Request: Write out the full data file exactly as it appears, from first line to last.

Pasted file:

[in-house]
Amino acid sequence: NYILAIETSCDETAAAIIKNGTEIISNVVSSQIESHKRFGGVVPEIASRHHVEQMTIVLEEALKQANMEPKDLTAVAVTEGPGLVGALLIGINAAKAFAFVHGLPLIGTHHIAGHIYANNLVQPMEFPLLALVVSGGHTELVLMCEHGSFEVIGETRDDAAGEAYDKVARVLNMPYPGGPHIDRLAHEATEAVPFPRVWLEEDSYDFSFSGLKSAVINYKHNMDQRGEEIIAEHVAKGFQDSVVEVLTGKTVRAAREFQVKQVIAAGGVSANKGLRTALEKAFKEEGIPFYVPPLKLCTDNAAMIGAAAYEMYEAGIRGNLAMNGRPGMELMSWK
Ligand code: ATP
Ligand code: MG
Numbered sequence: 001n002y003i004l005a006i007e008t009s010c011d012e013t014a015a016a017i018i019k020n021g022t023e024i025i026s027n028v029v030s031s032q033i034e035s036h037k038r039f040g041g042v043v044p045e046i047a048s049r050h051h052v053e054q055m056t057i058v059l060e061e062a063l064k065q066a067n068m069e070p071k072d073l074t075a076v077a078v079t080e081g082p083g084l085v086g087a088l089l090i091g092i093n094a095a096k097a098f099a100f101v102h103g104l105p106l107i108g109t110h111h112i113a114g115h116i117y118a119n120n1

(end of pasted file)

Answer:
[in-house]
Amino acid sequence: NYILAIETSCDETAAAIIKNGTEIISNVVSSQIESHKRFGGVVPEIASRHHVEQMTIVLEEALKQANMEPKDLTAVAVTEGPGLVGALLIGINAAKAFAFVHGLPLIGTHHIAGHIYANNLVQPMEFPLLALVVSGGHTELVLMCEHGSFEVIGETRDDAAGEAYDKVARVLNMPYPGGPHIDRLAHEATEAVPFPRVWLEEDSYDFSFSGLKSAVINYKHNMDQRGEEIIAEHVAKGFQDSVVEVLTGKTVRAAREFQVKQVIAAGGVSANKGLRTALEKAFKEEGIPFYVPPLKLCTDNAAMIGAAAYEMYEAGIRGNLAMNGRPGMELMSWK
Ligand code: ATP
Ligand code: MG
Numbered sequence: 001n002y003i004l005a006i007e008t009s010c011d012e013t014a015a016a017i018i019k020n021g022t023e024i025i026s027n028v029v030s031s032q033i034e035s036h037k038r039f040g041g042v043v044p045e046i047a048s049r050h051h052v053e054q055m056t057i058v059l060e061e062a063l064k065q066a067n068m069e070p071k072d073l074t075a076v077a078v079t080e081g082p083g084l085v086g087a088l089l090i091g092i093n094a095a096k097a098f099a100f101v102h103g104l105p106l107i108g109t110h111h112i113a114g115h116i117y118a119n120n1